• Clearance for bringing jewellers into compulsory GST compliance regime
• Ministry of Economic Affairs says sales tax on foreign aid driving donors away
ISLAMABAD: As the government received some written objections from the International Monetary Fund (IMF) to the federal budget, the Ministry of Economic Affairs (MEA) on Tuesday protested in parliament over subjecting concessional international loans, grants and consultancies to general sales tax, as donors are shying away.
At a meeting of the Senate Standing Committee on Finance, the Federal Board of Revenue (FBR) also secured clearance for bringing all the 29,000 jewellers into the compulsory general sales tax compliance through integrated points of sale (POS) and powers for disconnecting electricity and gas to over 2.3 million large (tier-1) traders in case they fail to register for GST or link up with POS.
The meeting — presided over by PPP Senator Saleem H. Mandviwalla — was told that there were 29,000 jewellers in the country but only 22 were registered and integrated with the POS system, which was discriminatory. The tax authorities said all the jewellers fell in the category of tier-1 traders because of the precious and expensive products they were dealing in, even in small shops, and all would have to come into the sales tax net.
Also, about 2.3 million retailers or traders identified under the tier-1 category are unregistered at present. They would be subjected to Rs3,000 monthly tax based on up to Rs30,000 monthly electricity bill, increasing up to Rs10,000 per month tax as the bill goes up.
The FBR’s board is also empowered under the new budget to increase the tax rate to Rs50,000 per month through electricity bills. It can also order the disconnection of electricity and gas in case these large retailers fail to be registered or integrated with FBR’s computerised system.
The FBR team, led by its chairman Asim Ahmad, also conceded before the committee that the draft finance bill placed before parliament for discussion was quite different from the one approved by the federal cabinet, as certain changes had to be made after the draft finance bill had gone to press and submitted to parliament. However, they undertook to come up with an updated draft during the course of the committee’s discussions.
Officials on the sidelines of the Senate committee said the IMF had raised written objections over certain budgetary measures, particularly those pertaining to personal income tax, which increased the taxable income limit to Rs1.2 million per year and reduced income tax rates on high-end earners.
These officials said the government was engaged in various workings and wanted the lowest income slabs to be protected as much as possible from tax burden and hinted at increasing tax rates on those earing above Rs5-6 million in annual income.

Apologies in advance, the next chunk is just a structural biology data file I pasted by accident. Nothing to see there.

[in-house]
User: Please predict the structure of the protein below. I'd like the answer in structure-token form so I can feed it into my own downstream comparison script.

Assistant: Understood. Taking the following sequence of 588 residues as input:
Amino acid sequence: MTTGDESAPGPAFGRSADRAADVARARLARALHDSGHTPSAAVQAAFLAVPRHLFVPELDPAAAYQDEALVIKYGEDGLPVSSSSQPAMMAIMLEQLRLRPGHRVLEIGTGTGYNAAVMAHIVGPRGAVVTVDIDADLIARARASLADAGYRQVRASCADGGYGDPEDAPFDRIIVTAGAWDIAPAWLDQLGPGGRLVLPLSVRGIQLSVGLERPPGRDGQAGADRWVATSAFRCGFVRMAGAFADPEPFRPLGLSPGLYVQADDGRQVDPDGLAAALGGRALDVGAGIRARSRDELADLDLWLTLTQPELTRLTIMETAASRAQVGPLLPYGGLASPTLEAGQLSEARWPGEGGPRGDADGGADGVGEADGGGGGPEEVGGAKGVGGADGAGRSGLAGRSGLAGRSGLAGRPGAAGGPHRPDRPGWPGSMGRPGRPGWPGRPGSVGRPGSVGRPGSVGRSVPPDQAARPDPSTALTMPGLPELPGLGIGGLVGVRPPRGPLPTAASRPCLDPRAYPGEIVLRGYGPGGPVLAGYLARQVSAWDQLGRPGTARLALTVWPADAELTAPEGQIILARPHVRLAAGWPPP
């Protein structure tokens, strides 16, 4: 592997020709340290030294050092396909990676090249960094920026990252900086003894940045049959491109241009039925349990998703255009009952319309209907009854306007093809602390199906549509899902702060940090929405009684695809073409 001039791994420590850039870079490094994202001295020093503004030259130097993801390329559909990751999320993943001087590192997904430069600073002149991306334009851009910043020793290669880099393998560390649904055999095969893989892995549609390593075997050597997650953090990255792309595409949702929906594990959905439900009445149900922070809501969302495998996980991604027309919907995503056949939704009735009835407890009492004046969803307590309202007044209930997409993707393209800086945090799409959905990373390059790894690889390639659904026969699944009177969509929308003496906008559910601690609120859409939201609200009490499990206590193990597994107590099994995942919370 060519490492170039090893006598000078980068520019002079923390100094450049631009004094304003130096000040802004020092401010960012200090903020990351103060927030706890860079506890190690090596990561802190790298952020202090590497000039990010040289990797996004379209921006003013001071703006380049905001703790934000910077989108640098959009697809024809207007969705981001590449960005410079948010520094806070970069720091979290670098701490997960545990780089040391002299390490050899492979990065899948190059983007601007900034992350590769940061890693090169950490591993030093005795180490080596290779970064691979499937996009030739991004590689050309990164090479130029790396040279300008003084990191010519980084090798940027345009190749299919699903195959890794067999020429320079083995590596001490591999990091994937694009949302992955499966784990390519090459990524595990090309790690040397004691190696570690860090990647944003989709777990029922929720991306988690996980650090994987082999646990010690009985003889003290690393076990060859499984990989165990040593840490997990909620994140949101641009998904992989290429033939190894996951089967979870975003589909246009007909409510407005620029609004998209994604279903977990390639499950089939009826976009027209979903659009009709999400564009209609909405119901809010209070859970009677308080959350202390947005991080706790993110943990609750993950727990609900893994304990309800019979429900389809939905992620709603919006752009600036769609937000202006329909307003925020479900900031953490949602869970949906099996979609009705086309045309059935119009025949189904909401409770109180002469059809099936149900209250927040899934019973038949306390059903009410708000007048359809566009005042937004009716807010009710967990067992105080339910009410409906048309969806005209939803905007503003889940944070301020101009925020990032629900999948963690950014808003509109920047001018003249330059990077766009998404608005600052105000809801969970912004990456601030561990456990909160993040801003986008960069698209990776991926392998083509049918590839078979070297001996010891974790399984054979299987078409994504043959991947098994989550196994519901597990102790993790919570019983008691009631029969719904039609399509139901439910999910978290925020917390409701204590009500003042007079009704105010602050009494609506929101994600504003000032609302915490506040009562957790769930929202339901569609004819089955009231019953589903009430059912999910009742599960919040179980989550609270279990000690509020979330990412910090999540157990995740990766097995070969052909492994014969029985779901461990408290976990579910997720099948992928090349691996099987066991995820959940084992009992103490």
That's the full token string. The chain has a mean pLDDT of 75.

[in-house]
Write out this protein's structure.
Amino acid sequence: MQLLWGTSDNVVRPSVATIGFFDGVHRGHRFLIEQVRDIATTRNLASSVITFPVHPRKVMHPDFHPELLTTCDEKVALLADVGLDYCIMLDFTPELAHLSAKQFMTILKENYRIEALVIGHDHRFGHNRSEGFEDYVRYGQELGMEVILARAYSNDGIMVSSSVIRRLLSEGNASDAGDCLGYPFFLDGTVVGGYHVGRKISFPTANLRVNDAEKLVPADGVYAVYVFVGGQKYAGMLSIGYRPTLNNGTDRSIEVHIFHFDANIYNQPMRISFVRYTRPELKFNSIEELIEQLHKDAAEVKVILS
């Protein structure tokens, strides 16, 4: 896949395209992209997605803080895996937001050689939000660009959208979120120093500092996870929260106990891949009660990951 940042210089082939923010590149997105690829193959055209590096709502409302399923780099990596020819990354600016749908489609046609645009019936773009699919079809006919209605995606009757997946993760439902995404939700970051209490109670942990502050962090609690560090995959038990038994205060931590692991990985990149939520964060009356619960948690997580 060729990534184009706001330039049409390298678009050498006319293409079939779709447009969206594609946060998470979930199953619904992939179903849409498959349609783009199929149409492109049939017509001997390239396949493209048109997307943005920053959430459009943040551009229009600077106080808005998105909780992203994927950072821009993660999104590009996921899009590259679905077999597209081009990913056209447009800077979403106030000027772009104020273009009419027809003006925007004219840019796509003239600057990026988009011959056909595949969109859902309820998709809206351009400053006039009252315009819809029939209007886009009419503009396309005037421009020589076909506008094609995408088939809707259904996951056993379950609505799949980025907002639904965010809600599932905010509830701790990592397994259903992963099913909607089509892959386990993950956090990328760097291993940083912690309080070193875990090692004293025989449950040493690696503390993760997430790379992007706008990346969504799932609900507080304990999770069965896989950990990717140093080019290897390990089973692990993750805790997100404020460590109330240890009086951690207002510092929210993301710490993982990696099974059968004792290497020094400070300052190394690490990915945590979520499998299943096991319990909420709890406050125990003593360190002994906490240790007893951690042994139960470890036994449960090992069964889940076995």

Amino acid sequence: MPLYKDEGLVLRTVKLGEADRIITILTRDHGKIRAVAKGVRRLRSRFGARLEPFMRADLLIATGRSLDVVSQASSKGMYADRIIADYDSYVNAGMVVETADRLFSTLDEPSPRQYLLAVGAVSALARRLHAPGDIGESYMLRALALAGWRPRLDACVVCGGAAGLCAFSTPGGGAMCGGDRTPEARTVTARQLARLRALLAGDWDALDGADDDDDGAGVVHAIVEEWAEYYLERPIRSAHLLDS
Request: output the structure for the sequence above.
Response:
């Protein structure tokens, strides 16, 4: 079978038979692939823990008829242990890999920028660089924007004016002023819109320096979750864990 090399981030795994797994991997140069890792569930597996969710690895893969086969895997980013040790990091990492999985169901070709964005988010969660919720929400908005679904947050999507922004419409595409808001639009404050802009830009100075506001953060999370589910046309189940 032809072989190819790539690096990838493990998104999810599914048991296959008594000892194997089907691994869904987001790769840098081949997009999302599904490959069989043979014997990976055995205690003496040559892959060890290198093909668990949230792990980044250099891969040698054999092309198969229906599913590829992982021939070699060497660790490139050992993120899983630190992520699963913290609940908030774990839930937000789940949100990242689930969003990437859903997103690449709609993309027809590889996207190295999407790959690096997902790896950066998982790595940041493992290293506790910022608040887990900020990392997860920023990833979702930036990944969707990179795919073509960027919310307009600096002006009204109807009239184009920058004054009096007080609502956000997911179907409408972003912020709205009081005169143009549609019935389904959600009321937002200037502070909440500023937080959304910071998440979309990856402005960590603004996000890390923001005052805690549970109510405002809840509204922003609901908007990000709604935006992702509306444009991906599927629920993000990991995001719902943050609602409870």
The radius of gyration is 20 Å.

However, they warned that the revenue impact of such a move might not suffice because of fewer people in those categories compared to a large base under the 1.2m income category. Some other perks and earnings of other sectors could be considered to make up for the gap.
The previous government committed to income tax reforms to generate about Rs125bn in additional revenue but the measures taken in the budget 2022-23 reduced even existing income tax yield by about Rs45bn.
The MEA complained that some international donors were shying away from providing aid while others had threatened to cut taxation claims from aid money or double up their home-country tax on their loans, as tax authorities were raising tax claims against foreign aid and related consultancy services despite MEAs requests not to do so.
The senators were surprised that government ministries were bringing policy issues to parliament instead of settling them at government level.
The MEA said the FBR did not address their concerns even after detailed discussions over the repercussions. As a result, the Japanese International Cooperation Agency (Jica) has already stopped its funding to Pakistan. “In a debt-trapped economy like Pakistan, this will cause serious repercussions and this must be addressed by the Ministry of Finance and FBR,” the MEA said in writing.
It said the European Union had pointed out that GIZ — the main German development agency — had a blanket tax exemption under an old bilateral agreement and the same facility should also be available to all EU grant projects.
The FBR exempted GIZ from tax in 2017, and the provincial governments of Khyber Pakhtunkhwa and Balochistan followed suit in 2017 and 2022.
It said the United Kingdom also requested that official development assistance grant financing should be exempt from all taxes and duties in all forms, including any returns generated.
The United States also demanded that no tax be deducted on grants, otherwise, the same would be deducted from grant money. It also “cautioned that if these invoices are not accepted, USAID will de-obligate $1.7 million (100pc of tax deducted) and it will go back to the US treasury”.
It also warned that the two countries had also agreed that taxes and duties must not be applied to any USAID projects and warned that $3.4 million was anticipated to be deducted in the upcoming year that will be (200pc of taxes deducted).
Similar issues were emerging regarding interest-free loans and grants from Denmark, KfW of Germany, the Japan Bank for International Cooperation, and the French Development Agency.
Some of these loans either had zero interest or minor interest of 0.25pc to 0.75pc over a repayment period of 25 to 45 years compared to 1.25pc to 6pc of multilateral lenders like the World Bank, Asian the Development Bank and the Islamic Development Bank.
The MEA said the interest-free loans offered by any development partner should also be exempt from taxes and related foreign consultancies, and procurement of goods and services should also be exempted.
Published in Dawn, June 15th, 2022